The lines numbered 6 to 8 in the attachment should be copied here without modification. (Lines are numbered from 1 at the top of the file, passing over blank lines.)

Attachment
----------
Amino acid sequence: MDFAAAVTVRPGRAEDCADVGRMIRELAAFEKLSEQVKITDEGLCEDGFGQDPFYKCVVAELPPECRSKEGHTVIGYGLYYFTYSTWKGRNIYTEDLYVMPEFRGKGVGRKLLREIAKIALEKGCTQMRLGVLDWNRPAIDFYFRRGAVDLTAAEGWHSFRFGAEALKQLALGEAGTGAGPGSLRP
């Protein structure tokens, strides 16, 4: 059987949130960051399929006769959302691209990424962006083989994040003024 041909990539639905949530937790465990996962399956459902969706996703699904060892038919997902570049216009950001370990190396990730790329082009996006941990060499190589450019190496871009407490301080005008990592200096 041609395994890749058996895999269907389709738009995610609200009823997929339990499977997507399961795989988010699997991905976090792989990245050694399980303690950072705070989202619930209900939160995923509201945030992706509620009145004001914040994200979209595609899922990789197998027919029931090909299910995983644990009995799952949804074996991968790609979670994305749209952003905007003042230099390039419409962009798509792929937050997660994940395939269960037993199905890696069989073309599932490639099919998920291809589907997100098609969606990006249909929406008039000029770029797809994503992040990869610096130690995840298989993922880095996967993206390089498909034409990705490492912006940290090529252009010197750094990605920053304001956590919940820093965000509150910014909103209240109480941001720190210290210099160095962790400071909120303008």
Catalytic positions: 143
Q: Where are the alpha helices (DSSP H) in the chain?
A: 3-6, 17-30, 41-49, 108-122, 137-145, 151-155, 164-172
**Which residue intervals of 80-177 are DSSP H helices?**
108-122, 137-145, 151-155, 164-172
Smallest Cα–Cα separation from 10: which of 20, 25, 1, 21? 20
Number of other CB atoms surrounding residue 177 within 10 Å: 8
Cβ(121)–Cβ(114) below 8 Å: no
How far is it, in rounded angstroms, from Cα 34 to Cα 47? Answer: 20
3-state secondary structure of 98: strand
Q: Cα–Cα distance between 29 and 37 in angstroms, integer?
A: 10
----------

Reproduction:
**Which residue intervals of 80-177 are DSSP H helices?**
108-122, 137-145, 151-155, 164-172
Smallest Cα–Cα separation from 10: which of 20, 25, 1, 21? 20